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Dancing ‘Exquisite Corpse’ illustrates brain waves

Art and science collide in the “Your Brain on Art” dance performance, showcasing three dancers’ brain activity in a variety of disciplines, displayed in the Cullen College of Engineering 1’s atrium.

The performance is part of a pioneering research of the University’s Noninvasive Brian-Machine Interface Systems, led by neuroscientist and engineer Jose Luis Contreras-Vidal. It is funded by the National Science Foundation and aims to better understand what happens in the brain as people both make and view art.

“The process (of) creating art, whether (it’s) a performance, a painting or music, leads to innovation,” Contreras-Vidal told The Cougar about his project.

Friday’s performance featured assistant professor of dance John Beasant III, associate professor of dance Teresa Chapman, and associate professor of dance Becky Valls.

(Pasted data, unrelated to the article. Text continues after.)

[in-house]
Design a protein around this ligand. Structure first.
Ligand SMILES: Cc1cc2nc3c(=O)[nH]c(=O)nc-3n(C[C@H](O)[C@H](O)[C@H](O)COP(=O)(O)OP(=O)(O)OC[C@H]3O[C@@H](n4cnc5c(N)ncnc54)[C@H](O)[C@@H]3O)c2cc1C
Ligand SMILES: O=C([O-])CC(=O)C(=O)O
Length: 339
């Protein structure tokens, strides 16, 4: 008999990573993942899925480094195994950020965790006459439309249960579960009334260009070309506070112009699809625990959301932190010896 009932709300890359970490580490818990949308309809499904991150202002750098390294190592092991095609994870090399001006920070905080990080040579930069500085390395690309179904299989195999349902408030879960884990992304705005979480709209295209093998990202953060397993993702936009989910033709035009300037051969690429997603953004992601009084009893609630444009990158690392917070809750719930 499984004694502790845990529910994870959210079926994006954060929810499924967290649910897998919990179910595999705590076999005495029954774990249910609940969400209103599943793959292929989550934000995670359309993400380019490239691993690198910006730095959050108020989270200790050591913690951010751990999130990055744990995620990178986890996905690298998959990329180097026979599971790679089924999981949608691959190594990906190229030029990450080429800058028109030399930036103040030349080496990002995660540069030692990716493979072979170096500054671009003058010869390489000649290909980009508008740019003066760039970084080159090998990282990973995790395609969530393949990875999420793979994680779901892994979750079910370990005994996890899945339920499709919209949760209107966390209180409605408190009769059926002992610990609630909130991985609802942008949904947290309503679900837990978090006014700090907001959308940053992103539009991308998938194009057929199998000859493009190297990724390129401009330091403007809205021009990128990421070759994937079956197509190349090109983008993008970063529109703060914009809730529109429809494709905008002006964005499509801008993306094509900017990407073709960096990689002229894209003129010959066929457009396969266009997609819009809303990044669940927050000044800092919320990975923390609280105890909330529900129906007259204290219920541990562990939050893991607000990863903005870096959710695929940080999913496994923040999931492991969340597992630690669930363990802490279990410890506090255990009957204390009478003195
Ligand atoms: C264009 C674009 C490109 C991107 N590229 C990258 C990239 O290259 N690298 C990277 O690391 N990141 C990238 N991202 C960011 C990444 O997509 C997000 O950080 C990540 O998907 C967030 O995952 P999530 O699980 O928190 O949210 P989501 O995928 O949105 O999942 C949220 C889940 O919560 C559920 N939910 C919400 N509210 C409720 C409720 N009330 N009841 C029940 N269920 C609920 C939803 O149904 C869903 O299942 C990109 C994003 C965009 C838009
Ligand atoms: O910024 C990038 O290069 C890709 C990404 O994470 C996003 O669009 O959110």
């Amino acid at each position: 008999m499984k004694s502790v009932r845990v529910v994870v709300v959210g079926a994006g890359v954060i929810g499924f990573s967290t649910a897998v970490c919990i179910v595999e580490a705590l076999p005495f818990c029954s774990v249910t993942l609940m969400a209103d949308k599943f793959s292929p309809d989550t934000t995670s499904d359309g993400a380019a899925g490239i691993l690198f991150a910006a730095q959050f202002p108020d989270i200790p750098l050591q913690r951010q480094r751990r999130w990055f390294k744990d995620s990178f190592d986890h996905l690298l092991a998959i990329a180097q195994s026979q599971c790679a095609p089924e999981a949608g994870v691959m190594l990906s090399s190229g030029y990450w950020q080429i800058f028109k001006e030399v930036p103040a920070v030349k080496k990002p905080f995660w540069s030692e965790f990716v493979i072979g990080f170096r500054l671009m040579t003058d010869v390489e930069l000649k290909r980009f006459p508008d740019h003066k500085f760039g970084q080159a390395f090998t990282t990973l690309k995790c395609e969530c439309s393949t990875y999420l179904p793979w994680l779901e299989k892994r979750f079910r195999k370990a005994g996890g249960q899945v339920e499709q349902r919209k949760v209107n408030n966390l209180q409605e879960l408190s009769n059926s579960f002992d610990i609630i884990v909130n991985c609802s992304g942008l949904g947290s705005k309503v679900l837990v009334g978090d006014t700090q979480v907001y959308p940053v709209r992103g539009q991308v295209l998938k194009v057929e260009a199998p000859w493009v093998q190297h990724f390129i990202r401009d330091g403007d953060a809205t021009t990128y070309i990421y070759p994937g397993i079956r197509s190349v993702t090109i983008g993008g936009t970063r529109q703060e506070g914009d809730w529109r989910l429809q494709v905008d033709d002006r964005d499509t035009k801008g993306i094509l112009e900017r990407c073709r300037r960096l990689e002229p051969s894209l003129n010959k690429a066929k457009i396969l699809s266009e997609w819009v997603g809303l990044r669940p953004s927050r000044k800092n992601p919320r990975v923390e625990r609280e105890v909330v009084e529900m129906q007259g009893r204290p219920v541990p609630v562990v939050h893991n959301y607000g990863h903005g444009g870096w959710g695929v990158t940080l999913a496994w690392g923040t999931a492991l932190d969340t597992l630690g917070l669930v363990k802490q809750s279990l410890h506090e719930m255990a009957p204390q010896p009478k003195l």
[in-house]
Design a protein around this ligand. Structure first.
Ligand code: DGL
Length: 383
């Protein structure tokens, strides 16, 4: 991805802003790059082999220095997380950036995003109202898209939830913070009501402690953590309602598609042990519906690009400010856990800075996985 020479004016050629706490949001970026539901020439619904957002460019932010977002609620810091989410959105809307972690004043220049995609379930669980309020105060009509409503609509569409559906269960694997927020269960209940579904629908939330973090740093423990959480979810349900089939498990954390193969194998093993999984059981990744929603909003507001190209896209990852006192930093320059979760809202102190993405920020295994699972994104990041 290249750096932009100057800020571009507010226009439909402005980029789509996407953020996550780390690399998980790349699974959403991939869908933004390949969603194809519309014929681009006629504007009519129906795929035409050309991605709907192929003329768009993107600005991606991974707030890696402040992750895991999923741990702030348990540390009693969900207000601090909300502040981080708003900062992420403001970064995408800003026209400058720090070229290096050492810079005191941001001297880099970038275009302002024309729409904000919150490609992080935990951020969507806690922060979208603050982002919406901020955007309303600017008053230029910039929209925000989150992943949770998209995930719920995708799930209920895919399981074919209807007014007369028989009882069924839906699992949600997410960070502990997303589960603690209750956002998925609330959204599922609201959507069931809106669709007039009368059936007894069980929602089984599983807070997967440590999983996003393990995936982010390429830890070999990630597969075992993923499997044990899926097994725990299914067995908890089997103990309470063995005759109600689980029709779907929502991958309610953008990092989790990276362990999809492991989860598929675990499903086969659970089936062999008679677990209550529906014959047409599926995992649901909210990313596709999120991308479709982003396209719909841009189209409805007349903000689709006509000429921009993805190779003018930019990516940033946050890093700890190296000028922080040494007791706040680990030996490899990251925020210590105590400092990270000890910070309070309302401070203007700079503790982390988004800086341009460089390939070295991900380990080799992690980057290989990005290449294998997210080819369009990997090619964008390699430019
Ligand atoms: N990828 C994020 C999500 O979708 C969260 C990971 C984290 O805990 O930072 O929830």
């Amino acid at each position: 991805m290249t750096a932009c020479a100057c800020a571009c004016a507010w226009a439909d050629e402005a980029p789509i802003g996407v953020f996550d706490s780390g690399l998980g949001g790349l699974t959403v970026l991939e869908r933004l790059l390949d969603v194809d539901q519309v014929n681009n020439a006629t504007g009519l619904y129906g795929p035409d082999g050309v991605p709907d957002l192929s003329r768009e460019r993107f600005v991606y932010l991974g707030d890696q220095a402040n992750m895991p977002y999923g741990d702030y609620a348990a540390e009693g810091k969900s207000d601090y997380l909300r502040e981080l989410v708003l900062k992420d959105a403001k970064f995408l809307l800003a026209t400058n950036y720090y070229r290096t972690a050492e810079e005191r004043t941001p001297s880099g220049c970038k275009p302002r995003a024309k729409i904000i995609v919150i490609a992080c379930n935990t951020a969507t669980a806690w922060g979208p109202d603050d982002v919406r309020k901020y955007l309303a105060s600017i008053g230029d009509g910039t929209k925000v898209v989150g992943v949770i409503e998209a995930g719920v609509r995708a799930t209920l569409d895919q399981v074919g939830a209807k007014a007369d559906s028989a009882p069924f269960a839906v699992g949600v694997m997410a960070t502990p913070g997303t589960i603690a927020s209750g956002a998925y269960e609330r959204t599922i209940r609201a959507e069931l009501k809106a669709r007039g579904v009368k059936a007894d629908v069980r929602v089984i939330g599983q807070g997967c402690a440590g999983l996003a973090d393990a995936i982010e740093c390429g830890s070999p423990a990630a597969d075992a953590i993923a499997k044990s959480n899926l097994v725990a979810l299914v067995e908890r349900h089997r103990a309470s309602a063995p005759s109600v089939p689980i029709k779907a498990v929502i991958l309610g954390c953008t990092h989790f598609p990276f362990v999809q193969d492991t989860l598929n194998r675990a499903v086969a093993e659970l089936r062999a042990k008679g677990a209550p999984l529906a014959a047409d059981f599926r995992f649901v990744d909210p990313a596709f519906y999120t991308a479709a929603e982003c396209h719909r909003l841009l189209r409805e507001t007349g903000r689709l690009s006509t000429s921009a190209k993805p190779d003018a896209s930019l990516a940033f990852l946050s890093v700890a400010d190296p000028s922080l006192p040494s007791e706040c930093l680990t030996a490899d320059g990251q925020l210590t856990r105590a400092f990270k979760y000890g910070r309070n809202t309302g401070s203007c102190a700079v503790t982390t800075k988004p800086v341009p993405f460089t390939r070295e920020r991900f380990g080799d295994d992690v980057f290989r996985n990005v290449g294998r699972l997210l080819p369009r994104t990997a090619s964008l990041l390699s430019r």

All dancers were wearing sensor-embedded skullcaps to record brain activity. All three individually performed a variation of Exquisite Corpse, a game involving chance collaborations made famous by Surrealists in the 1920s.

The series is part of a collaboration between Contreras-Vidal, Blaffer Art Museum and members of the UH and Houston art communities.

The work will continue with a group of musicians on March 1.

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